Cyanotype printing sounds somewhat exotic, but it is actually really accessible and easy to do. You can buy ready made papers which makes the process really simple when you want to do a little bit of experimenting or you want to have some arty fun with your kids.
I had seen some Cyanotype prints before and was enchanted by the deep blue colour and the dreamy effects that people achieved. I knew that I wanted to play with flowers and leaves and so I gathered an assortment and got playing!
The paper that you use is light sensitive and so you have to work fairly quickly, but I think that I felt the pressure from working with photo emulsion in the past and actually I could have taken a bit more time with this.
You really can use anything to create impressions on the paper. I used flowers and feathers and also cut out a moth shape, but I could have used lace, crystals, seeds, or any other interesting shapes/patterns.
Once you are happy with your arrangement it’s good to cover with some glass to keep it all in place and then put it in the sunshine. The first one I tried didn’t work at all as I didn’t leave for long enough! It seems to take an average of a couple of minutes, but you can also watch the paper get pale and then take it inside again.
The above image is what you see when you first take off your objects which looks really lovely, but you have to soak in water for a minute which then produces the below effect.
You need to leave them flat to dry and then you can hang them and press them in a book. I actually ironed mine and that was fine - it didn’t make any difference to the image. You are still left with a slightly wavy paper but I think it is quite charming.
The process is fast and satisfying allowing for plenty of variations and creativity.
I bought some papers that were intended for kids crafts on Amazon for around £8 but you can buy more expensive versions and also kits in order to make your own papers or fabrics.
I have ordered myself some of the chemicals to make my own as I am thinking about making some fairy kits to sell for Christmas! I think the idea has potential, but I’m trying to not get too side tracked by the shiny new thing syndrome!
I had a nice variety of foliage left afterwards and so I made myself a mini wreath. I think it looks really cute and now have it hanging on my dresser. I’m getting myself prepped for autumn vibes.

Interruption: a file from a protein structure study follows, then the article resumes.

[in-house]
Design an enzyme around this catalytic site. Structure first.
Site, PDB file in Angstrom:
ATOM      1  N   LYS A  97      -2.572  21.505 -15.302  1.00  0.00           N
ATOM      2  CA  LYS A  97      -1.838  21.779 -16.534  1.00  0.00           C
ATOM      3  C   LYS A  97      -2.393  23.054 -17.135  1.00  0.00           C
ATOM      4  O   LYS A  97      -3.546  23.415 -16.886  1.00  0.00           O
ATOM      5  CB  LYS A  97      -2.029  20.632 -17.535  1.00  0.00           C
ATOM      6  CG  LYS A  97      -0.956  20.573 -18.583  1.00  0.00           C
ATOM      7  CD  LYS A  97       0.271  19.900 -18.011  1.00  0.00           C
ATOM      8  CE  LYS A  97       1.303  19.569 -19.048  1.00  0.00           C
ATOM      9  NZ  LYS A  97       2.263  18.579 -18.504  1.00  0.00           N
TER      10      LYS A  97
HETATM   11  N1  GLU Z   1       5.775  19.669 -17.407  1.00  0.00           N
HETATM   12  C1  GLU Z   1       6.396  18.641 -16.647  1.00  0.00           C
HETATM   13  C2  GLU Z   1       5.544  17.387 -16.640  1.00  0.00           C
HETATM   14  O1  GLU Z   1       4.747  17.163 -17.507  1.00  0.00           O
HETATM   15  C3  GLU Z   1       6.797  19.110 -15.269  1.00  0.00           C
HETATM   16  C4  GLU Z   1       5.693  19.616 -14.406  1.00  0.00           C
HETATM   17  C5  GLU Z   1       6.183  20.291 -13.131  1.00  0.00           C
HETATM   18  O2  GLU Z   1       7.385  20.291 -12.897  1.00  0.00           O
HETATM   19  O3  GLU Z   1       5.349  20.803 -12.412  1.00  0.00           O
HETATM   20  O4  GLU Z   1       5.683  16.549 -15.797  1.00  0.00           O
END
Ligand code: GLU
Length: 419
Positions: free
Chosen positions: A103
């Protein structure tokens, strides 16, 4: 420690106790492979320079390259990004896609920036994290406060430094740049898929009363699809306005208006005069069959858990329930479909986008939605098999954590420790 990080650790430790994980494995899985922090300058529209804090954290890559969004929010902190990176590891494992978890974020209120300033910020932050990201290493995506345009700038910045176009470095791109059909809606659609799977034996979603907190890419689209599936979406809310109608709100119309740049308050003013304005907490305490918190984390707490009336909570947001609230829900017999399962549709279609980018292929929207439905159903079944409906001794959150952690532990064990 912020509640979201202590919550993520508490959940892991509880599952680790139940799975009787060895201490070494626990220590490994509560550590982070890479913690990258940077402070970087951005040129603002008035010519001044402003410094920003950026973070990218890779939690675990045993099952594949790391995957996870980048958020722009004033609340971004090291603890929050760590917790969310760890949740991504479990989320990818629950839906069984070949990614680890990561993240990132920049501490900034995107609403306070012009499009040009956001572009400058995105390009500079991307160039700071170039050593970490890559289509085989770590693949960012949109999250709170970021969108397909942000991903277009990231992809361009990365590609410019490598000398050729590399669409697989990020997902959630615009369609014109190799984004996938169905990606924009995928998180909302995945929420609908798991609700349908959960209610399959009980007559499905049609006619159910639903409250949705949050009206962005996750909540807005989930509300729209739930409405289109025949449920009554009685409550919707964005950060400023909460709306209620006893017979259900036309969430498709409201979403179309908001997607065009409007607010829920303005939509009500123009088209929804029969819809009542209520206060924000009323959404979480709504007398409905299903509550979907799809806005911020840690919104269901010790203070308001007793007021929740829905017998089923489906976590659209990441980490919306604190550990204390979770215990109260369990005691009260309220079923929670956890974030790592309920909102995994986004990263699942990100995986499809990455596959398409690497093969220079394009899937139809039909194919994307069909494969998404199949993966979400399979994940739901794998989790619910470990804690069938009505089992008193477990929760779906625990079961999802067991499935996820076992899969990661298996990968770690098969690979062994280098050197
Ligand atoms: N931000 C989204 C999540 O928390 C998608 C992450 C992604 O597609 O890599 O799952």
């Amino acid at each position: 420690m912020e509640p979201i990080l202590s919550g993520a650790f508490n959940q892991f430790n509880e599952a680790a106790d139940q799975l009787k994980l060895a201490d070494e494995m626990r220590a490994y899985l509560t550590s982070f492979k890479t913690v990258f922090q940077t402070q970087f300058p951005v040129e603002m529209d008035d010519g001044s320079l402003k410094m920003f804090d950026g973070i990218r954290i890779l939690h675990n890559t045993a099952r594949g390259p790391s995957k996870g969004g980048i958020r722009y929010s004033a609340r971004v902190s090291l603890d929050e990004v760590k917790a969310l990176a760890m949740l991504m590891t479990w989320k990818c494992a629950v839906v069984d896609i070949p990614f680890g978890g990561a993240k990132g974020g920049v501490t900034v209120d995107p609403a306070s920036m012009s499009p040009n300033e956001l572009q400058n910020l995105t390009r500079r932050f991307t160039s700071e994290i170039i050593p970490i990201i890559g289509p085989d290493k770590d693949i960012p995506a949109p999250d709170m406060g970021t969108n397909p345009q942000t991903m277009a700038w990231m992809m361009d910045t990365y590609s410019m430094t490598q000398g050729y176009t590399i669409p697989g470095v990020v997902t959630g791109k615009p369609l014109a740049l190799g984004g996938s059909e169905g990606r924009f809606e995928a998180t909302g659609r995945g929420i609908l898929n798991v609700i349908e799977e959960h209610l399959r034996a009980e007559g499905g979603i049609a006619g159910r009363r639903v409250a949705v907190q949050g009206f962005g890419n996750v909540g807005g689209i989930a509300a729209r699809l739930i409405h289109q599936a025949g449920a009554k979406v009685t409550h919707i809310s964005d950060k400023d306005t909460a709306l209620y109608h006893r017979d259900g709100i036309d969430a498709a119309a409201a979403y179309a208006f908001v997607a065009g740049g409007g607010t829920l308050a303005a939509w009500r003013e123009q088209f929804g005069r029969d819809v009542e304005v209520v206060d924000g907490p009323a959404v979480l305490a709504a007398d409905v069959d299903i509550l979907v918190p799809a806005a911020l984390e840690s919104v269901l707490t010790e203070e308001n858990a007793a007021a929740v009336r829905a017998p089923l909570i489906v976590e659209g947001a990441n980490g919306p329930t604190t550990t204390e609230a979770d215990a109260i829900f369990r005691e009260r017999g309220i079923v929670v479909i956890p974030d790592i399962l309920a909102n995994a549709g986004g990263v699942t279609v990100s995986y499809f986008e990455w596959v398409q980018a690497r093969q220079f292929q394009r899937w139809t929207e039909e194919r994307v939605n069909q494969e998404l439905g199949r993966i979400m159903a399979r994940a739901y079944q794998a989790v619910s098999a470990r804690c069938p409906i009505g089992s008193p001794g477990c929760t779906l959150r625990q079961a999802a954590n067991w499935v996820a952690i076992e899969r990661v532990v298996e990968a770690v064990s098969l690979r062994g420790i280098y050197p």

It was pretty simple to do! Ivy makes a really good circular base and then you can use some string to twist around and add extra bits onto. Voila!
Let me know if you have a go at either of these things - I’d love to see your results. Have a magical time. 💕😊✨
Diy candle making
Fancy learning how to make magical candles with the minimum of fuss and stuff? You have come to the right place my friend! I like to keep things simple and when trying something new I don’t want to have to buy loads of expensive stuff either.
I went to a charity shop to find a second hand saucepan that I could melt that wax in as years of working as a waitress taught me that getting wax of anything was a job and a half. I wanted something that I could dedicate to the task and I didn’t want to buy something fancy and new.
Whilst chatting to a sales lady about what I was looking for she told me that she had used a casserole dish for making candles and would use the heat in that was left in the oven from baking to melt her wax with.
For the wax I bought some soy wax on eBay and some candle wicks. Now, I didn’t realise quite how short these ones would be so pay attention to length when ordering! The ones I have are really good for shallow dishes though and they burn quite nicely that way.
Anyway, I used some glass dishes that originally had some yummy chocolate dessert in! They are a fab size for candles and eating a few puddings certainly wouldn’t be the worst way to get started.
I poured in some of the flakes into the dish and left the heat on low. When some of the wax is melted you can just dip the end of the wick base into the wax and then use that to stick it into your jar or whatever you are using.
You can use essential oils to fragrance your candles and so this is a chance to get creative and make some magical blends! I had some rosemary drying in my cottage and so I put that in with the melting oil as well as 15 drops of lavender.
You can use dried flowers and even crystals to decorate your candles and make them more intentional if you want them for spell work or simply to mark the season.
Once all the wax is melted it’s a good idea to wait for a few minutes before pouring because if it’s too hot it will melt the wax you used to fix the wick with and it can then start to go a bit wonky. Nobody likes a wonky wick.
To pour the wax into the jars you can use a simple metal ladle to scoop it up. I have a dedicated candle ladle now because wax is hard to get off things and less scraping is good.
If you bought longer wicks then you will need a system to keep the wick in place while the wax is setting. I have seen people recommend pegs for this, but maybe a couple of pencils and some blue tack or tape would work too. I’m sure there is an official item that would do the job, but when starting I think it’s good to use what you already have.